Exploiting Silicon Valley For Profit (and Maybe Fun) - Diego Basch's Blog
Ottway Ducard stashed this in funny
Joe Founder comes to Silicon Valley with a laptop full of dreams, but no money. Joe wants to maximize his chances of making a few million dollars in five years. What should Joe do?
First off, let's acknowledge once again that Silicon Valley is a sea of conflicts of interest. You have the Sand Hill Strip, where "reputable" firms like "Palo Alto Grand Investments" or "Burlingamio Ventures" want Joe to invest his body and soul, swing for the fences, hit the ball into the San Francisco Bay and become the next Sergei Zuckerberg. It sounds awesome; the problem is that the chances of this are slim. Joe does not like. 1/100000 odds of making billions of dollars is unappealing.
The whole thing is hilarious
90/s AIM wisdom: "j/k" means you're only half-kidding!
I love that the company name is ZombiePlatypus.
This essay was written by someone who hasn't been acquired.
Acquisitions are rarely for cash and are loaded on the back-end to "incentivize" people to stay.
If Joe and Wayne don't stay for four years, they lose most of their $5 million each.
Oh, and a large chunk of that $5 million each is paid in salary, taxed at a higher rate.
Then remember that the tax law changes at the end of 2012.
Net net is that between the Feds and taxes, their take home if they stay four years at Spitter was roughly $2 million and change. Subtract the cost of living for four years and we're well under $2 million each. Not enough to stop working and barely enough to afford a Silicon Valley house.
The opportunity cost of making so little, plus the suckiness of working at a big org, will cause Joe and Wayne to leave in much fewer than 4 years.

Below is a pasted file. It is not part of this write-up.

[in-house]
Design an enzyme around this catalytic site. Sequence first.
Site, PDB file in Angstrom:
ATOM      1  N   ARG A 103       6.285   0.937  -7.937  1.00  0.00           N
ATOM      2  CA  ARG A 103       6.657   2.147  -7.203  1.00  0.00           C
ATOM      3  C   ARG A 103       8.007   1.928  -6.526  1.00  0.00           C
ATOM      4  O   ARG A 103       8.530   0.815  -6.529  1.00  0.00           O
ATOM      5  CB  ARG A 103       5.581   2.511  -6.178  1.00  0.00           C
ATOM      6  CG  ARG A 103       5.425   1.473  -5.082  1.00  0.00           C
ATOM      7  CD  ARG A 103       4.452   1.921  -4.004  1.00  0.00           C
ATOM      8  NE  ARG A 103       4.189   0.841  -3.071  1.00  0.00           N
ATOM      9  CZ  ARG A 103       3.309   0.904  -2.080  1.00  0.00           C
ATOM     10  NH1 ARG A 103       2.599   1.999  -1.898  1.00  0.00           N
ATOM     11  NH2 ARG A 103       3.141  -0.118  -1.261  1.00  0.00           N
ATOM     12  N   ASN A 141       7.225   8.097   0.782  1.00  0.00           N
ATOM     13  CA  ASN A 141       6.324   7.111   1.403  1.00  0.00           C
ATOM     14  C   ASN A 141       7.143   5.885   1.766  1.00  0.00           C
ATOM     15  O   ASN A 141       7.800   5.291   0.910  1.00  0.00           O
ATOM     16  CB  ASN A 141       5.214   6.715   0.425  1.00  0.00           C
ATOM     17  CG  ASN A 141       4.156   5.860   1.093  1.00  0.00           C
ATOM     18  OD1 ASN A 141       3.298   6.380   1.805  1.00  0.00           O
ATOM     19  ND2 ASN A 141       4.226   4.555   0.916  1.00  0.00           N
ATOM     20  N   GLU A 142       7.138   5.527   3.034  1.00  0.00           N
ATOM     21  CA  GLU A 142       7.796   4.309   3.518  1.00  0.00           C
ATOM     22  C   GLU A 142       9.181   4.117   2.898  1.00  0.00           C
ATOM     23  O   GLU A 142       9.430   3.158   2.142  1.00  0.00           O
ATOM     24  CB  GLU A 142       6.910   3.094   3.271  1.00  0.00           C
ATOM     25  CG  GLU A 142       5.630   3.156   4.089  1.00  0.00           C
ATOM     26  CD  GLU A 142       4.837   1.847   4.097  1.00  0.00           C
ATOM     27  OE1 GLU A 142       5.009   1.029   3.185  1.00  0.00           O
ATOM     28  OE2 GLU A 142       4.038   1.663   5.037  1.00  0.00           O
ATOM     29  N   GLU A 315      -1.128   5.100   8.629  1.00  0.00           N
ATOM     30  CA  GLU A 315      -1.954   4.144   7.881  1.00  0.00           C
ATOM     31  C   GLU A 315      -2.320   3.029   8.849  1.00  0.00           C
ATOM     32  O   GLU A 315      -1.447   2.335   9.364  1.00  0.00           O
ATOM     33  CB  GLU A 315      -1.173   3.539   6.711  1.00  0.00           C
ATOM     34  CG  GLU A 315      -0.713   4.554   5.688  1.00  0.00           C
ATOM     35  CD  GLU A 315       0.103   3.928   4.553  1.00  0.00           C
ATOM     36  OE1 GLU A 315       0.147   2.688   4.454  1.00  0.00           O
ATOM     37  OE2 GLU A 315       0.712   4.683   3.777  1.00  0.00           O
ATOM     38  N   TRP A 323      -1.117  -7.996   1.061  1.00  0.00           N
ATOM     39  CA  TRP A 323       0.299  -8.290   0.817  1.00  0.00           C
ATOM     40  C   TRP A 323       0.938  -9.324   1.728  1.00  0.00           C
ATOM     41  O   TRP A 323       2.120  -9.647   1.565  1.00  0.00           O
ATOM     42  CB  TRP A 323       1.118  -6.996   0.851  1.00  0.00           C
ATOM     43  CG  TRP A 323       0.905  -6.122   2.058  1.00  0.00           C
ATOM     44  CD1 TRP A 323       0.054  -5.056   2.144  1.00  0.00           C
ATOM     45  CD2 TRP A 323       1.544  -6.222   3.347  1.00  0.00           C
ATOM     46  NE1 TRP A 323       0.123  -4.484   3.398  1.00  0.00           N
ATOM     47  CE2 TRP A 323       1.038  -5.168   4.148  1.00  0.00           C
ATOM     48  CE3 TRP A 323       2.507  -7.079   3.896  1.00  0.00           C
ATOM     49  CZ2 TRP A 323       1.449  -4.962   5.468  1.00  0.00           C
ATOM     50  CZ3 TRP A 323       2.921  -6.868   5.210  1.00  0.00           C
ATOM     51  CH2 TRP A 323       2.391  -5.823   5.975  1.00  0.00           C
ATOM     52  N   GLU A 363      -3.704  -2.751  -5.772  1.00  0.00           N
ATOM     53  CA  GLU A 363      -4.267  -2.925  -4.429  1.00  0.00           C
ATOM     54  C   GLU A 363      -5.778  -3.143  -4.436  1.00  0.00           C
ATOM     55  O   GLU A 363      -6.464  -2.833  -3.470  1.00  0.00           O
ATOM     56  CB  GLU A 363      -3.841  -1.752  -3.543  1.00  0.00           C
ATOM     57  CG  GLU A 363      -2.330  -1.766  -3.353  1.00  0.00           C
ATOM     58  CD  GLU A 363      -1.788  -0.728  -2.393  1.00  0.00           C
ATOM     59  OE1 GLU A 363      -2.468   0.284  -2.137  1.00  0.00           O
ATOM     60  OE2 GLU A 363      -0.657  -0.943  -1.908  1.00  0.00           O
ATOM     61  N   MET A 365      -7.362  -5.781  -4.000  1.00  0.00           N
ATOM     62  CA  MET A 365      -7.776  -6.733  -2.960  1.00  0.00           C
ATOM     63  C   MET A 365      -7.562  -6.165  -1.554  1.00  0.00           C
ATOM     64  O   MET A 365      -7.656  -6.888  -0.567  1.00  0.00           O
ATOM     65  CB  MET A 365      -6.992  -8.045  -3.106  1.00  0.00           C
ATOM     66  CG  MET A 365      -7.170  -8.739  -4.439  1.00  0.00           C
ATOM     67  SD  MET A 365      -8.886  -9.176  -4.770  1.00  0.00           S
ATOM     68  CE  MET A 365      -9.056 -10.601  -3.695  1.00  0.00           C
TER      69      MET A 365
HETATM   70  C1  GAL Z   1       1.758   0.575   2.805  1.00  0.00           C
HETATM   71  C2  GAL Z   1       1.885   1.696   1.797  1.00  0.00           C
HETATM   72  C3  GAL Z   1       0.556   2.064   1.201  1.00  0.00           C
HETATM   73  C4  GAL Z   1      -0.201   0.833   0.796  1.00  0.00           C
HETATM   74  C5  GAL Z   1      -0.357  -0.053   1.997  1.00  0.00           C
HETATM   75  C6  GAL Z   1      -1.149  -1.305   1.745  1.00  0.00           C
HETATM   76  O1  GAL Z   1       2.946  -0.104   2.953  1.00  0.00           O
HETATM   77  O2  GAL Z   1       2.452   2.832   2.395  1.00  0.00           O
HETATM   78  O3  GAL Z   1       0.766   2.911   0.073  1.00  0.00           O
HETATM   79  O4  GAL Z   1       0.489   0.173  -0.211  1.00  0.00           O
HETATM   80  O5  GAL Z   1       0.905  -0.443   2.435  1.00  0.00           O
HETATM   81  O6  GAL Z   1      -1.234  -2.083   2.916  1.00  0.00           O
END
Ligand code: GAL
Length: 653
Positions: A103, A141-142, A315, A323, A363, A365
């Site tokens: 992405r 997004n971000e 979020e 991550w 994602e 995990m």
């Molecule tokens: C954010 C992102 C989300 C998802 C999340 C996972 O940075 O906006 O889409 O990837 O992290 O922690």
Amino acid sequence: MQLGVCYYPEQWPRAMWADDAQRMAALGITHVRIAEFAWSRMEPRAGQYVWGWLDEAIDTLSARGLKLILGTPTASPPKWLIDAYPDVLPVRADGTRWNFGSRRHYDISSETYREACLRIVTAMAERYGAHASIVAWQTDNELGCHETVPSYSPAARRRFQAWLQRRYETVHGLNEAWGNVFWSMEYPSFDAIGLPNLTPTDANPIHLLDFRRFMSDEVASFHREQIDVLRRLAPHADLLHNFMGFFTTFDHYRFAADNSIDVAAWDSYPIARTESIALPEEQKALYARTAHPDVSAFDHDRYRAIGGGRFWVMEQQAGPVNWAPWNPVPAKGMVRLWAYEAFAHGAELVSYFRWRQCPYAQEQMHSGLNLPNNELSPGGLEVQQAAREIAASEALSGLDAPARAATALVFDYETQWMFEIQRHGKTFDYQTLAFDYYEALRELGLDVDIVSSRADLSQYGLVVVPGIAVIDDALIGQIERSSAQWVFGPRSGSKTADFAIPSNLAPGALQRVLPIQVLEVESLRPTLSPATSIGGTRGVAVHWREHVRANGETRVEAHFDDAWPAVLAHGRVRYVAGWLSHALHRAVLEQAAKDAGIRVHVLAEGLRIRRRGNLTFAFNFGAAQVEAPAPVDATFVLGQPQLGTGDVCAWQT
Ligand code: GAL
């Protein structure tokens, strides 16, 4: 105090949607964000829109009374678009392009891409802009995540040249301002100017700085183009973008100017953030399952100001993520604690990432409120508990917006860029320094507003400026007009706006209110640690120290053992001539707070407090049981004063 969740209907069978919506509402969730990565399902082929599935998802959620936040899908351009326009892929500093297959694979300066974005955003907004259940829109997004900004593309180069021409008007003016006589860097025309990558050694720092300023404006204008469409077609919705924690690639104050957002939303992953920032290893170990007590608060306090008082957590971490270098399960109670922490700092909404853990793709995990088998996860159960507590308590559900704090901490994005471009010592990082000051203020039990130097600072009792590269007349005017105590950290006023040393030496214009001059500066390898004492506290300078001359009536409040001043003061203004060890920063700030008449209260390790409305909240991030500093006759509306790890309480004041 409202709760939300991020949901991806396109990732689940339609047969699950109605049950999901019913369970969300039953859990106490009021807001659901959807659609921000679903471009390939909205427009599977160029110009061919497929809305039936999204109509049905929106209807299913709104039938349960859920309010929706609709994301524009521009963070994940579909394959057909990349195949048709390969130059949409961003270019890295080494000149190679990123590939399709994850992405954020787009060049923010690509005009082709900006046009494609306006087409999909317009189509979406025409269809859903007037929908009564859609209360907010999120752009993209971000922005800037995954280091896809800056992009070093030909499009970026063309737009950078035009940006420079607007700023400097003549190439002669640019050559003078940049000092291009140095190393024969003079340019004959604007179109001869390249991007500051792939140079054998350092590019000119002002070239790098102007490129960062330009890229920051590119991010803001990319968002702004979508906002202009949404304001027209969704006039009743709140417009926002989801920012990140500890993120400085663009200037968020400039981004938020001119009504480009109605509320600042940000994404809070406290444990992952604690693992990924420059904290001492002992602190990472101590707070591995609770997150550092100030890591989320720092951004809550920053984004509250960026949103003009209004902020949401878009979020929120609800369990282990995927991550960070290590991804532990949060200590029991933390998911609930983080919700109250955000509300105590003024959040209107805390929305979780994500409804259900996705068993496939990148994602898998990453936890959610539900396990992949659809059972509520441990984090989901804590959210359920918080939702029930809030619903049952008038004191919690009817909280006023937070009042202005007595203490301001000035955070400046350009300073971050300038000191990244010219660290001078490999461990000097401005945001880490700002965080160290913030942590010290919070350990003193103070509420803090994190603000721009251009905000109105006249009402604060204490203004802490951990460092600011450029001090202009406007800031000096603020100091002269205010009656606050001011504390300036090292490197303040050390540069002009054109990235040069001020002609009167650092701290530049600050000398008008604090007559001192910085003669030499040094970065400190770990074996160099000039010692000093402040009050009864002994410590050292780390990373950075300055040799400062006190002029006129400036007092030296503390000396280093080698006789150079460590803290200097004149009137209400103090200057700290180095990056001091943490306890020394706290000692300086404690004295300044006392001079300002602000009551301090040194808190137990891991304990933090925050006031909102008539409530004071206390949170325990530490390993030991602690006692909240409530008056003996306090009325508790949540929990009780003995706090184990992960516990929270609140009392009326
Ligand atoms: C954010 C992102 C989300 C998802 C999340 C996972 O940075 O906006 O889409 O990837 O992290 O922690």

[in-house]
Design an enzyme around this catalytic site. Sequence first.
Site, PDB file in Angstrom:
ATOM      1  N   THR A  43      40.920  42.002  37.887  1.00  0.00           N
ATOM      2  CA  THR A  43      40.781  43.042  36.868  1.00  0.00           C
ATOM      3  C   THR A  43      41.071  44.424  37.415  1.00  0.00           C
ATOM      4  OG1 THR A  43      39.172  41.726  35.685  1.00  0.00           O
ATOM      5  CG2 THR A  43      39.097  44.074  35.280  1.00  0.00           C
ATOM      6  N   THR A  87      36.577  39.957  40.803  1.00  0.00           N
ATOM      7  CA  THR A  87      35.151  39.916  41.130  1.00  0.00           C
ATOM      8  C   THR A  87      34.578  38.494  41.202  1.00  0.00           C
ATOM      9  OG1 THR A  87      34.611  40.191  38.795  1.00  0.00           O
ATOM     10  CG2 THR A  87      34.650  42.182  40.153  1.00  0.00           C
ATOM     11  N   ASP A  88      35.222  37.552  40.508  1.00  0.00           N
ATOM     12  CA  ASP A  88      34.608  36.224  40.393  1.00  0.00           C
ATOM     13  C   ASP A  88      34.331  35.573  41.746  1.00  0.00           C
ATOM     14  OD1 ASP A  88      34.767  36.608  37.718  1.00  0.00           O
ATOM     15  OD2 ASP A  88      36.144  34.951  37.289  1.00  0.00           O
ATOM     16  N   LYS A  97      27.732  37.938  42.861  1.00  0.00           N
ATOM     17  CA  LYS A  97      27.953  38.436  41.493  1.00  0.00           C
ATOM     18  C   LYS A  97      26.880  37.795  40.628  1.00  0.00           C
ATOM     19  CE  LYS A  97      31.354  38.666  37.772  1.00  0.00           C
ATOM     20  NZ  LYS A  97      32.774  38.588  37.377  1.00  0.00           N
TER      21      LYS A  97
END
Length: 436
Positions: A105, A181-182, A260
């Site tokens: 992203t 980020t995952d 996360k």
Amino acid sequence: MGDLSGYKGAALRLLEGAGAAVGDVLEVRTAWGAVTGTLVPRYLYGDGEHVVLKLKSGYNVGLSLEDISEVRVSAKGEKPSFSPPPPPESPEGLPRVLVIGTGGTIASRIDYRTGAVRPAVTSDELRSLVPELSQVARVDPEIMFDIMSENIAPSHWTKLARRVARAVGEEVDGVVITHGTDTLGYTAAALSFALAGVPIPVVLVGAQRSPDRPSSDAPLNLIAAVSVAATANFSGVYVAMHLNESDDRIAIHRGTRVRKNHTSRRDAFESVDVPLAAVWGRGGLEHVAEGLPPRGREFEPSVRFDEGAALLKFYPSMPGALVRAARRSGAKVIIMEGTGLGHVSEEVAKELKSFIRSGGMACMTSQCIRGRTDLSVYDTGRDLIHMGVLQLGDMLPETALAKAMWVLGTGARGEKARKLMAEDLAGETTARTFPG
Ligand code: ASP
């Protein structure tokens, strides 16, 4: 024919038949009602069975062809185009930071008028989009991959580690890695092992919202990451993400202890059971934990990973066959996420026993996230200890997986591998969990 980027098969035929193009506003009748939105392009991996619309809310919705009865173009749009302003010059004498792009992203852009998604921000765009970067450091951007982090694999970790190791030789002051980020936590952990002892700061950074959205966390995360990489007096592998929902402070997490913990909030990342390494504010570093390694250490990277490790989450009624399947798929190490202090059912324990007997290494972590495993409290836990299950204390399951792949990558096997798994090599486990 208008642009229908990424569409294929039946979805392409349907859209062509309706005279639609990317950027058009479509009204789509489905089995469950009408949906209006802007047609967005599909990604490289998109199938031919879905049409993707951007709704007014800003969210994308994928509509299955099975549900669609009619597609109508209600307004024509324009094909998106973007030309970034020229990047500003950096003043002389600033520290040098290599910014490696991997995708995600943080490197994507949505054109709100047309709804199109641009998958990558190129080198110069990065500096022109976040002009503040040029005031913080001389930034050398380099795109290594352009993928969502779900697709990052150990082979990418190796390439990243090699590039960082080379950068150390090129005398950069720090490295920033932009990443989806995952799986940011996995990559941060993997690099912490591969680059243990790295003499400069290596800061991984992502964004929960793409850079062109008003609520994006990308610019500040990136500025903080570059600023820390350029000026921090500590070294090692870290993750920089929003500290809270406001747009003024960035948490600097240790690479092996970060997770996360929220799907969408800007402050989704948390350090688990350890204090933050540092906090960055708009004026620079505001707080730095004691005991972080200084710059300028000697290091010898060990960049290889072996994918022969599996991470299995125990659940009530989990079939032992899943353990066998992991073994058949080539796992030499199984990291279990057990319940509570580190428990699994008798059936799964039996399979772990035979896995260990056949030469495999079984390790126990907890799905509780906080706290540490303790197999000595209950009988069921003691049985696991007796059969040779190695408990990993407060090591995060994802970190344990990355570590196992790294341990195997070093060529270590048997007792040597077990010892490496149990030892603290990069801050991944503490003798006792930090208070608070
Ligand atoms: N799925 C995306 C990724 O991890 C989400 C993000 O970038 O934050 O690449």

Only, the second time around Sand Hill Road will remember that they flipped, and scrutinize them much more before letting them play again, if at all.
No former employee will want to work with them, either, and thanks to the network they'll make their unhappiness with ZombiePlatypus selling out known.
Once founders show what their values are, there are consequences.
Boom. Great and thoughtful analysis. Thanks for sharing.
One one level I get it, the goal of medium returns. After all it's better than punching a clock, I guess. But if you have a workable plan to disrupt and dominate, well at least workable enough to convince VCs, then why the hell not go balls to the wall to execute it? You only live once, and working for the sake of getting acquired, or acqui-hired, seems parasitic to me...
Satire, I think.
well yeah it's satire.... crossed with a thinly-veiled rant. I'm just saying that I think that that type of motivation is parasitic...
He pointed out that he did in fact sell his company IndexTank to LinkedIn.
Which I agree with.
So net-net, I apologize to Diego because I got emotional about the tone of his post, and replied from the point of view of having seen people build companies they sold to bigger companies that actually didn't make them much money at all.
And it's still much more common in Silicon Valley that someone builds a company, tries to sell it, and fails to do so.